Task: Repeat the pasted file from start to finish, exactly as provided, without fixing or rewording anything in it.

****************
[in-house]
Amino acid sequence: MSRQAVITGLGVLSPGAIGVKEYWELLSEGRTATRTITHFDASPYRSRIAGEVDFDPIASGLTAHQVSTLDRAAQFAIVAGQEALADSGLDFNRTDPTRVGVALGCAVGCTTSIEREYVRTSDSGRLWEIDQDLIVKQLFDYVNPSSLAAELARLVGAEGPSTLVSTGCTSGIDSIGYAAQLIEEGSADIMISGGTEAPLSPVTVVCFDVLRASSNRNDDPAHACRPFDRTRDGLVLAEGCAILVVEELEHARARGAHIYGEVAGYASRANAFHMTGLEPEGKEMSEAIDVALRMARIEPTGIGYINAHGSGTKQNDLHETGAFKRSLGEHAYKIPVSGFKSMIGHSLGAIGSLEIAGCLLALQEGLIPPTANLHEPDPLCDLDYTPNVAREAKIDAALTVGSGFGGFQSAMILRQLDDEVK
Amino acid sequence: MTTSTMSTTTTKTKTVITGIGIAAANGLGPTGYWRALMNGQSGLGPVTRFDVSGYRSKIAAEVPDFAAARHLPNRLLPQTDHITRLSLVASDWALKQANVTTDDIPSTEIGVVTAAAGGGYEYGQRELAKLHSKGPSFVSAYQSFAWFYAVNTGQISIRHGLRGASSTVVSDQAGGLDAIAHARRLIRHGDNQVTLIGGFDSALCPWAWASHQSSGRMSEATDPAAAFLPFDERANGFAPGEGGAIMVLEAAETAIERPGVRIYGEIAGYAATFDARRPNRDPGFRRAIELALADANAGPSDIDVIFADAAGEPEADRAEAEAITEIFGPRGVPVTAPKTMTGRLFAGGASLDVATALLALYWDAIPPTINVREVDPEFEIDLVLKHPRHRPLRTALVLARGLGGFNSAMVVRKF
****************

[in-house]
Amino acid sequence: MSRQAVITGLGVLSPGAIGVKEYWELLSEGRTATRTITHFDASPYRSRIAGEVDFDPIASGLTAHQVSTLDRAAQFAIVAGQEALADSGLDFNRTDPTRVGVALGCAVGCTTSIEREYVRTSDSGRLWEIDQDLIVKQLFDYVNPSSLAAELARLVGAEGPSTLVSTGCTSGIDSIGYAAQLIEEGSADIMISGGTEAPLSPVTVVCFDVLRASSNRNDDPAHACRPFDRTRDGLVLAEGCAILVVEELEHARARGAHIYGEVAGYASRANAFHMTGLEPEGKEMSEAIDVALRMARIEPTGIGYINAHGSGTKQNDLHETGAFKRSLGEHAYKIPVSGFKSMIGHSLGAIGSLEIAGCLLALQEGLIPPTANLHEPDPLCDLDYTPNVAREAKIDAALTVGSGFGGFQSAMILRQLDDEVK
Amino acid sequence: MTTSTMSTTTTKTKTVITGIGIAAANGLGPTGYWRALMNGQSGLGPVTRFDVSGYRSKIAAEVPDFAAARHLPNRLLPQTDHITRLSLVASDWALKQANVTTDDIPSTEIGVVTAAAGGGYEYGQRELAKLHSKGPSFVSAYQSFAWFYAVNTGQISIRHGLRGASSTVVSDQAGGLDAIAHARRLIRHGDNQVTLIGGFDSALCPWAWASHQSSGRMSEATDPAAAFLPFDERANGFAPGEGGAIMVLEAAETAIERPGVRIYGEIAGYAATFDARRPNRDPGFRRAIELALADANAGPSDIDVIFADAAGEPEADRAEAEAITEIFGPRGVPVTAPKTMTGRLFAGGASLDVATALLALYWDAIPPTINVREVDPEFEIDLVLKHPRHRPLRTALVLARGLGGFNSAMVVRKF